The session ended with Mathew taking a photograph of the group.

The next reading of the novel, Three Men In a Boat, by Jerome K. Jerome is scheduled for August 10.


The Poems 

Talitha
The night is darkening round me
The night is darkening round me,
The wild winds coldly blow;
But a tyrant spell has bound me,
And I cannot, cannot go.

The giant trees are bending
Their bare boughs weighed with snow;
The storm is fast descending,
And yet I cannot go.

Clouds beyond clouds above me,
Wastes beyond wastes below;
But nothing drear can move me;
I will not, cannot go. 
Emily Jane Brontë

Bobby

If ever a man strives
With all his soul's endeavour, sparing himself
Neither expense nor labour to attain
True excellence, then must we give to those
Who have achieved the goal, a proud tribute
Of lordly praise, and shun
All thoughts of envious jealousy.

To a poet's mind the gift is slight, to speak
A kind word for unnumbered toils, and build
For all to share a monument of beauty.

Pindar, stanza from one of his Isthmian Odes, translated byGeoffrey S. Conway


Priya
 
The Adulterous Citizen
I am an adulterous resident; when I am in one city, I am dreaming of the other. I am an exile; citizen of the country of longing.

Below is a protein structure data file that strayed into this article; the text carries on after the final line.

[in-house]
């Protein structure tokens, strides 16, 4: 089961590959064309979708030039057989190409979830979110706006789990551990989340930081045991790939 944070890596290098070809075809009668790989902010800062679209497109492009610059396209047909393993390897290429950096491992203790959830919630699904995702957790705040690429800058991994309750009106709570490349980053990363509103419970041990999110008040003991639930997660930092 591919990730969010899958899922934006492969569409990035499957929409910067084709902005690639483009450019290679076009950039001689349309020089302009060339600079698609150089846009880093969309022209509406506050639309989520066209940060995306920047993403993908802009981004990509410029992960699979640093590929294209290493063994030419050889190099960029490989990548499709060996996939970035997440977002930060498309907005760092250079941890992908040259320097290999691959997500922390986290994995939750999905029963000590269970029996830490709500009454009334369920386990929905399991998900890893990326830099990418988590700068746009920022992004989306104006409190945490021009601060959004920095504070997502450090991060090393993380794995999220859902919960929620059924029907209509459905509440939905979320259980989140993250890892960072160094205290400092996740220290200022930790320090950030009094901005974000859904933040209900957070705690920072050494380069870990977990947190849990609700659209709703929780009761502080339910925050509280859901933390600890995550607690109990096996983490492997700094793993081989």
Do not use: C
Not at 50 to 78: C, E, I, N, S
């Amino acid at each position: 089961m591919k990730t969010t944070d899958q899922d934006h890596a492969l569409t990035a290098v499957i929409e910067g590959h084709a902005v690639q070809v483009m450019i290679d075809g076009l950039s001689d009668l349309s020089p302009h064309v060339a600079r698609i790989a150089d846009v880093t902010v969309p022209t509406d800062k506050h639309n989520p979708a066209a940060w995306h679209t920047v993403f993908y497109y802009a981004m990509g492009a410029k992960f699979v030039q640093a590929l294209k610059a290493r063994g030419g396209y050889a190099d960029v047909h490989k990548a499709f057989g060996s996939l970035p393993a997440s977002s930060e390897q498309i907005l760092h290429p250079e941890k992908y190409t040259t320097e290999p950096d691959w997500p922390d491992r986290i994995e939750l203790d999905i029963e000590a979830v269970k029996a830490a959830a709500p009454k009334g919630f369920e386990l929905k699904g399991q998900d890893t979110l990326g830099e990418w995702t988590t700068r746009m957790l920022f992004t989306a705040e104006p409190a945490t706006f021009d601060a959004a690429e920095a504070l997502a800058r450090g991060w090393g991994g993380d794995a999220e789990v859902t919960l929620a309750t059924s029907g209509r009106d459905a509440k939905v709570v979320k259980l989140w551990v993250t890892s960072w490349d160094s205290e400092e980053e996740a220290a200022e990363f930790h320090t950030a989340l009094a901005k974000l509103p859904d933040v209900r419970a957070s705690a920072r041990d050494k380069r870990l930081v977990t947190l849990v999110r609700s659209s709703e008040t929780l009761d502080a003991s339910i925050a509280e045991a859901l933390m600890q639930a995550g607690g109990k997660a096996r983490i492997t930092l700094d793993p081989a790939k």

SUKETU MEHTA, Maximum City

When it comes to it,
there’s only the long, paved road
that leads to a house
with a burning light.
A house you can never own,
but allows you
to sleep in its bed
without demanding sex,
eat from its cupboards
without paying,
lie in the granite cool of its tub
without drowning.
And only when the first shards
of day slice through
the blinds
of the basement windows
nudging you
with something of a whisper,
something like, Maybe it’s time to go –
do you finally drag
your suitcases
up the carpeted stairs,
out the front door,
on to the summer pavements.

It is nothing
like losing a lover,
or leaving behind
the lanes of childhood.
Nothing like scaling
the winged walls of memory
to discover your friends
have packed up their boxes
and vanished.
More like stumbling
into a scene from the future,
where the ghost
of a husband
beckons with pictures
of a family
you no longer recognize,

and other peoples’ children
race across the grass,
lulling you into belief
that you can always return like this –
without key in hand,
to lie in the folds of one city,
while listening to the jagged,
carnal breaths of another.
Tishani Doshi
from Everything Begins Elsewhere
(Bloodaxe Books, 2012)


Phrase Book
I’m standing here inside my skin,
which will do for a Human Remains Pouch
for the moment. Look down there (up here).
Quickly. Slowly. This is my own front room

where I’m lost in the action, live from a war,
on screen. I am an Englishwoman, I don’t understand you.
What’s the matter? You are right. You are wrong.
Things are going well (badly). Am I disturbing you?

TV is showing bliss as taught to pilots:
Blend, Low silhouette, Irregular shape, Small,